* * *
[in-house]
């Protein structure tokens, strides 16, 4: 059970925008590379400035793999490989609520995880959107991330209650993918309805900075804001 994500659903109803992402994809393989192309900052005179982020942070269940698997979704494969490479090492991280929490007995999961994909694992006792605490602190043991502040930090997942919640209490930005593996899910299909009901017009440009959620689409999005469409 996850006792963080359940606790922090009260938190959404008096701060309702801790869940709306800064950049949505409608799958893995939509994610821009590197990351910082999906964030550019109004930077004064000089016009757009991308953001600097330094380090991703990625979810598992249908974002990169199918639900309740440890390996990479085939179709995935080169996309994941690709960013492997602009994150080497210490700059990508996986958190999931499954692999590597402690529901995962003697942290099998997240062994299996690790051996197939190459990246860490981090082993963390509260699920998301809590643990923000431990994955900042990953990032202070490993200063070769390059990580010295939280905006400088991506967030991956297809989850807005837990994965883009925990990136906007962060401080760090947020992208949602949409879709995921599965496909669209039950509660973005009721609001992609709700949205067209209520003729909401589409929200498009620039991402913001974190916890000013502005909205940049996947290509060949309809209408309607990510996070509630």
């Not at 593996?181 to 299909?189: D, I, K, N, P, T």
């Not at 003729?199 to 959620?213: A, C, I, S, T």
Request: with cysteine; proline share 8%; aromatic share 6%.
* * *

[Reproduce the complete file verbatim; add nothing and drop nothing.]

[in-house]
């Protein structure tokens, strides 16, 4: 059970925008590379400035793999490989609520995880959107991330209650993918309805900075804001 994500659903109803992402994809393989192309900052005179982020942070269940698997979704494969490479090492991280929490007995999961994909694992006792605490602190043991502040930090997942919640209490930005593996899910299909009901017009440009959620689409999005469409 996850006792963080359940606790922090009260938190959404008096701060309702801790869940709306800064950049949505409608799958893995939509994610821009590197990351910082999906964030550019109004930077004064000089016009757009991308953001600097330094380090991703990625979810598992249908974002990169199918639900309740440890390996990479085939179709995935080169996309994941690709960013492997602009994150080497210490700059990508996986958190999931499954692999590597402690529901995962003697942290099998997240062994299996690790051996197939190459990246860490981090082993963390509260699920998301809590643990923000431990994955900042990953990032202070490993200063070769390059990580010295939280905006400088991506967030991956297809989850807005837990994965883009925990990136906007962060401080760090947020992208949602949409879709995921599965496909669209039950509660973005009721609001992609709700949205067209209520003729909401589409929200498009620039991402913001974190916890000013502005909205940049996947290509060949309809209408309607990510996070509630």
């Not at 593996?181 to 299909?189: D, I, K, N, P, T």
């Not at 003729?199 to 959620?213: A, C, I, S, T």
Request: with cysteine; proline share 8%; aromatic share 6%.